Monday, September 27, 2010

Step by Step by Step by . . .

Today has been more of a struggle than the last few weeks have been in regards to doing my weekly blog posting.  I’ve had to fight off the urge to dawdle with just about anything else and get my butt not only into the chair in front of my computer, but to quit reading what other people have taken the time to sit down and write (even as it made me tear up and laugh and think). 

Then I was reminded of something I read on Twitter from the associate pastor at my church: 

Most growth happens as a result of many small steps.
The key is to keep taking them.
- Darryl Harms

Now this may not be big news to many of you.  However, I’m the type of person who has tended to (I’m starting to change!) look at the sum of everything that needs to be done for a project, become totally overwhelmed by the perceived vastness of it all and end up doing nothing.  It could be changing a habit, giving my house a thorough cleaning, preparing for a trip, or working on a writing project.  But I’ll see the point where I want to be or need to be, be overwhelmed by the distance between Point A and Point B and then sit down on the road and there I sit.  The irony is I’m not content in my current position, my spot of inactivity either.  I want to move forward, but I feel like I have no clue as to how to get going. 

No journey is made in one fell swoop, with one giant leap.  I didn’t move from being a baby to a 38-year-old woman in a blink of an eye.  I didn’t learn how to drive after getting behind the wheel only one time.  There are many things in this life where perhaps the best thing to do, really, is to yes, keep the destination in mind while focusing only on the next step.  Don’t look back at all the times you tried before and failed, don’t look at how far away Point B is from your current location. Don’t get caught up in all the things needing to be done today or tomorrow or this week.

Pause.  Take a breath.  Look at what you can do next.   And take another step.

The LORD directs the steps of the godly.
He delights in every detail of their lives.
Though they stumble, they will never fall,
For the LORD holds them by the hand.
- Psalm 37: 23, 24 (NLT)

Wednesday, September 22, 2010

5 Random Things About Me

Inspired by the lovely ladies at words 'n' whimsy and Musings of a writer-in-progess *and* because I am a) waiting for floors to dry and b) now without 'lunch out' plans, here are 5 random things about me:

1. I think I would actually love it if all the clothes my husband and I owned did not need to be ironed, ever.  In fact, my husband would probably love it too as he'd have more shirts to choose from at any given time.

2.  There is a part of me that would like to get up on the stage and make people laugh with the ease with which some others can, but another (and stronger, judging by how often I avoid it) part of me that is petrified of it at the same time.  I feel like a walking oxymoron . . .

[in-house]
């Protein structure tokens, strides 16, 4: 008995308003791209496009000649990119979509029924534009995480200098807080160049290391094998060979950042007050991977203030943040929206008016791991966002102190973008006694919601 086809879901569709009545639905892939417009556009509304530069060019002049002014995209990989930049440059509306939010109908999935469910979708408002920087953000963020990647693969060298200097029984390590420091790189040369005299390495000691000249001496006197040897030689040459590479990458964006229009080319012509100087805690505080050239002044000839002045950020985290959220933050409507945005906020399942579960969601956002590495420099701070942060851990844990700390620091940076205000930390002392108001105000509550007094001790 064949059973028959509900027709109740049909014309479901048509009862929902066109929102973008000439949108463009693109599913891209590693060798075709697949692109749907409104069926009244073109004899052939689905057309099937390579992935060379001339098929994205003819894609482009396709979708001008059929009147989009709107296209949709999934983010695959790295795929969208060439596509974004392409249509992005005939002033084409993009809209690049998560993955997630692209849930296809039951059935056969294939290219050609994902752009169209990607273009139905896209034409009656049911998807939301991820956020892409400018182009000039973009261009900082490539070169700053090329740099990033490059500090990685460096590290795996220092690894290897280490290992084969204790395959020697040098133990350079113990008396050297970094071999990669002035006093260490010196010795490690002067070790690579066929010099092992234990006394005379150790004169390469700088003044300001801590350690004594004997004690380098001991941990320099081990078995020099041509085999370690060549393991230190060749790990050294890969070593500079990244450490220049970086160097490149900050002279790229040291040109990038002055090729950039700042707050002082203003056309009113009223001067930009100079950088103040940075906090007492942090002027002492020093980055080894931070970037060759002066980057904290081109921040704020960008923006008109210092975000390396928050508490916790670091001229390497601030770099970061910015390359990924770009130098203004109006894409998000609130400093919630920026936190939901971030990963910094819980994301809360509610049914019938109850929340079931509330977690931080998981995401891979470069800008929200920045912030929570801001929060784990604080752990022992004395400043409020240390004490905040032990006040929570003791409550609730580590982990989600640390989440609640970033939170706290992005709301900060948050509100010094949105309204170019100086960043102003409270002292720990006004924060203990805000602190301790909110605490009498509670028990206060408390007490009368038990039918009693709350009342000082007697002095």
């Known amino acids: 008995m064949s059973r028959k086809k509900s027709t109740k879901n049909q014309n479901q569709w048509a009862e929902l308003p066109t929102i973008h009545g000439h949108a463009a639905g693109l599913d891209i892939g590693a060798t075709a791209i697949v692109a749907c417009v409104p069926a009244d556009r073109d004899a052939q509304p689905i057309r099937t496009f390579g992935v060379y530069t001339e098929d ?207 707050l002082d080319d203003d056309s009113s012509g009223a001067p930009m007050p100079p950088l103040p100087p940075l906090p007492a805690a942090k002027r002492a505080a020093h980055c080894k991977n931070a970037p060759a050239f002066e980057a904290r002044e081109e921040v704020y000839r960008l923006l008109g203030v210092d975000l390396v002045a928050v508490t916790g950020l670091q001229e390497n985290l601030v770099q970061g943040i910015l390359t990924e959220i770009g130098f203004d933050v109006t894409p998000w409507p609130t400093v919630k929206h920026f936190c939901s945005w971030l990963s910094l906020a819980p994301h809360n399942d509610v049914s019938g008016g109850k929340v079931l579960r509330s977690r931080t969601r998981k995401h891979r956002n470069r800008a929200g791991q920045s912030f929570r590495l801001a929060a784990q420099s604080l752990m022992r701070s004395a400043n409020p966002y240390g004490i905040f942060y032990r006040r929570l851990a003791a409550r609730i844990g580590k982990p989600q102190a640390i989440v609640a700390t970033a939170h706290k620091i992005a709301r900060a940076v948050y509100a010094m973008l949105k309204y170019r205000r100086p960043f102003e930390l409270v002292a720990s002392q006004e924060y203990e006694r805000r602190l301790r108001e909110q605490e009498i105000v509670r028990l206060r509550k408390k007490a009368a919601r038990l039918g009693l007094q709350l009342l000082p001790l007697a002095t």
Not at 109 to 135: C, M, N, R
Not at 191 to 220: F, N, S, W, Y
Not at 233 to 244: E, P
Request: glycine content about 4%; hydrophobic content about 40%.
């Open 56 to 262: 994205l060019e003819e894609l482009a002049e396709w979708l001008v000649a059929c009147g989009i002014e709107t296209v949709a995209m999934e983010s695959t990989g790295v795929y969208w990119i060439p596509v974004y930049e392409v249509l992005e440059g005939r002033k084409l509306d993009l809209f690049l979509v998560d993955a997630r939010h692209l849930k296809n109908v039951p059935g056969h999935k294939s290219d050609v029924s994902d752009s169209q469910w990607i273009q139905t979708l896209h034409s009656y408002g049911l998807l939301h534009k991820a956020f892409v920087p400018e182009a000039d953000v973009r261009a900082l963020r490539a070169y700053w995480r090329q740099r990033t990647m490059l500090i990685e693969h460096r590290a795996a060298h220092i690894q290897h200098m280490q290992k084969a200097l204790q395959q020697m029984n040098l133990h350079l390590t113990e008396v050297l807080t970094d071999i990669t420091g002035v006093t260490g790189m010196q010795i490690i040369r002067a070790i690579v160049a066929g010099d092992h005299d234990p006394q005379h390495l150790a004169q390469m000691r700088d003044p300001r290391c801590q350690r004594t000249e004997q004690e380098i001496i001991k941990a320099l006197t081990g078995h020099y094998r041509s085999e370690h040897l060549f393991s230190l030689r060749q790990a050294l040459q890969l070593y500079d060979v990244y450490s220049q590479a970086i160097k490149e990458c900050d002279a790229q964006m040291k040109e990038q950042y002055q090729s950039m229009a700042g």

3.  I still carry around too much regret over stuff I cannot change.

4.  Sometimes when I look around my house I wonder if x number of years down the road, I"ll end up on "Hoaders: Buried Alive" with little pop-up notes about how the production crew lost a member while setting up for filming.

5.  When I see people doing what they're supposed to be doing, what they were (if you will) made to do, it really does my heart good.  And it makes me smile.

Monday, September 20, 2010

Well *Now* I Do

As soon as I saw the above cartoon on my 2010 Non Sequitur desk calendar, the passage in Romans where Paul talks about doing all the things that are wrong even though he doesn’t really want to do them came to mind, particularly the part in chapter 7, verse 15 (NLT):

I don’t really understand myself, for I want to do what is right,
but I don’t do it. Instead, I do what I hate.
And I, along with many others (Christian or not), can relate to Paul’s frustrations or, at the very least, the sentiment in the cartoon. As kids we weren’t supposed to pass notes in class. But we did it anyways. (Hmmm – how does that work now with texting?) Whatever our age, we’re not supposed to jaywalk, but I have to confess I’ve done it . . . and then been enough of a hypocrite to be annoyed with those who do it when I’m driving. Christians are not supposed to judge others, are supposed to treat others the way they want to be treated, are to love God with everything they’ve got. Yet at one time or another I’ve failed at all of those things. Sometimes all at once; and I am not a one-time offender. Honestly, it would be very easy to go along with the following bit of logic:

Well then, should we keep on sinning
so that God can show us more and more
of His wonderful grace?
-Romans 6:1 (NLT)
But God’s ways are not our ways (Isaiah 55:8). And there is the verse after the one quoted above to consider:

I should hope not! If we’ve left the country
where sin is sovereign, how can we
still live in our old house there?
- Romans 6:2 (The Message)
Isaiah 42:20 talks about things the Israelites had not been doing. They saw and recognized what was right, but refused to act on it. They heard God’s commandments and instructions, but they weren’t really paying attention to them or to His prophets. And we can be the same way when it comes to laws and rules and regulations – both with God’s and in regards to ‘the law of the land’. So what do we do?

We can do what Paul said – live a new life in a new land, entering into Christ’s being-here-for us, freed from a life lived in bondage to sin and death (Romans 6:3, 8:1-2 The Message). To put it another way (and as I have highlighted Isaiah 42:17 in my Bible):

See and recognize what is right.
Act on it.
Hear with your ears.
Really listen.

Monday, September 13, 2010

Pack Up Your Troubles

Worry is a misuse of imagination.
- Tommy Tenney